Only One RPG Has Music From The Rocky IV And Transformers: The Movie Guy

Image: Mighty Rabbit Studios / Kotaku
Morning MusicMorning MusicSet your dial to Morning Music to enjoy friendly chat and great game music with other early risers. Coffee optional!

Welcome to Morning Music, Kotaku’s daily hangout for folks who love video games and the cool-ass sounds they make. Today we’re listening to music from an indie RPG composed by Vince DiCola and Kenny Meriedeth. DiCola of course, is best known for the synth-driven soundtracks to Staying Alive, Rocky IV, and (lest we forget) 1986’s Transformers: The Movie.


No, Vince DiCola isn’t the guy who wrote and performed the rock anthem “The Touch.” That’s longtime friend of Kotaku Stan Bush. Mr. DiCola handled Transformers: The Movie’s instrumental tracks. His signature synth provided the perfect backdrop to the mid-’80s battle of then-futuristic robots from the year 2005. If you’re of a similar age to me, you too may well up with tears upon hearing his masterpiece, “The Death of Optimus Prime.”

Vince DiCola (YouTube)

But we are not here to bury or praise Optimus Prime. We are here to talk about the soundtrack to Saturday Morning RPG (playlist / longplay / VGMdb), a 2012 indie game from Mighty Rabbit. It’s a turn-based role-playing game steeped in 1980s pop culture, filled with references to cartoons like He-Man, G.I. Joe, and, naturally, Transformers.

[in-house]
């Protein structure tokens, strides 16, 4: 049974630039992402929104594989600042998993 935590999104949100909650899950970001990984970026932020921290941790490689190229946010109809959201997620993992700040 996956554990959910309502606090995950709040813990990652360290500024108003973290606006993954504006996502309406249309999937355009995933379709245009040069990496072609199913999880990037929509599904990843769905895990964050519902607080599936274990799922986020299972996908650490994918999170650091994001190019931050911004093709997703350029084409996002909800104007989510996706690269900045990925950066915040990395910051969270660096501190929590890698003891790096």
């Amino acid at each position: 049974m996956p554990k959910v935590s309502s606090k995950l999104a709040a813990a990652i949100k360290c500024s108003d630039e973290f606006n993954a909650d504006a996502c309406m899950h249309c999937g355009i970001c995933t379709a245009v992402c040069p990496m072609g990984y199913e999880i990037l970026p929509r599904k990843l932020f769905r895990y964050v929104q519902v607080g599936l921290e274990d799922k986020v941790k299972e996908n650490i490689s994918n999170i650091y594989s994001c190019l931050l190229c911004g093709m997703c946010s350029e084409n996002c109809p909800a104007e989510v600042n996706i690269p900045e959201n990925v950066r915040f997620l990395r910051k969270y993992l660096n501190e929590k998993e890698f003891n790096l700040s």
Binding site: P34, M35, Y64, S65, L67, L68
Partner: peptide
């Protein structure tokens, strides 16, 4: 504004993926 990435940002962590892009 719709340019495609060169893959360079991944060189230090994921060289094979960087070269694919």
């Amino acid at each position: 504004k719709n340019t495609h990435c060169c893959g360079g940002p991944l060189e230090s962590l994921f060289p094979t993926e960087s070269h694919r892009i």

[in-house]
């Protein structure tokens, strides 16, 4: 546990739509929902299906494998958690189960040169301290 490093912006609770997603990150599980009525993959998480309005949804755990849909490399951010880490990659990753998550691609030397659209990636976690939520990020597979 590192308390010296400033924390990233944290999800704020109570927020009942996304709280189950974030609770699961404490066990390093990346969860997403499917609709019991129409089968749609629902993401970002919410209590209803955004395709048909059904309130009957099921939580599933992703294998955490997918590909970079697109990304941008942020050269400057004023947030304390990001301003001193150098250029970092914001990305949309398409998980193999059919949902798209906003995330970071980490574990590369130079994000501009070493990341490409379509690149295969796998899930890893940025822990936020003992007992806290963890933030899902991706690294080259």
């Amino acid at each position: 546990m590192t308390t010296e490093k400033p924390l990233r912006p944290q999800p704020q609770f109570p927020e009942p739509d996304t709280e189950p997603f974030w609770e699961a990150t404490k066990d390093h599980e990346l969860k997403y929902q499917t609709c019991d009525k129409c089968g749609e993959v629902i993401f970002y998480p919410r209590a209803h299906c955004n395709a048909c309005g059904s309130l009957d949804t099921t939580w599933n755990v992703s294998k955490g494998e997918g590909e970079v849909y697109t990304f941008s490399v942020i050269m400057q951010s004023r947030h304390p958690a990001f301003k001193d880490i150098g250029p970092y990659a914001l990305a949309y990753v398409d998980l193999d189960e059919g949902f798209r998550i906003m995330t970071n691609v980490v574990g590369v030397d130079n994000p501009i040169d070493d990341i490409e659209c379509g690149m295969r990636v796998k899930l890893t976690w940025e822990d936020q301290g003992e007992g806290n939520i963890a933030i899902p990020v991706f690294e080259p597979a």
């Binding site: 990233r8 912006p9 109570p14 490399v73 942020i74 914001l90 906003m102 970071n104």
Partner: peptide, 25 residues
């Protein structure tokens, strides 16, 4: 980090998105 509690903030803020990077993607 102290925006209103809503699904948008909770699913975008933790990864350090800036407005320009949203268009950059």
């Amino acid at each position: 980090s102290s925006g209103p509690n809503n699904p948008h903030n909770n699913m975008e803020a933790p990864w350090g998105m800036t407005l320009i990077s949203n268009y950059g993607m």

In order to better evoke the Transformers in particular, the developers tapped Vince DiCola. But the famed composer created his most legendary work in the ‘80s. Could Vince DiCola, in his mid-50s at the time, still rock out? You bet your ass he could. Listen to “Overdrive.” Maybe not while operating a vehicle, as it could cause you to literally over-drive.

Vince DiCola (YouTube)

Holy hell this track. It’s audio time travel. It’s modern-day Vince diCola doing his best 1980s Vince DiCola impression with that power synth. The developers tapped him to create music reminiscent of the 1986 animated film, and he created a track that sounds as if it’s being played through a time warp. There are some modern twists to it, like the short percussion break around 1:02, but otherwise it’s perfect progressive power synth.


And that’s how we woke up in the mid-to-late ‘80s, kids. Hopefully ol’ Vince and I helped get your week off to a good start. Feel free to talk about his music, your weekend, the upcoming week, or whatever else you want to chat about in the comments below.

Kotaku elder, lover of video games, keyboards, toys, snacks, and other unsavory things.

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DISCUSSION

vwtifuljoe5
Vwtifuljoe

OT: We had the funeral over the weekend. It was nice, but I was really put out by the honor guard. They were standing right next to all the mourners, and pointed their guns right over us all for the salute. Even if they were shooting blanks, I felt that was very irresponsible. I was only about 10 ft from them, and caught the gunshot sounds directly in my right ear. I’m still having some problems hearing.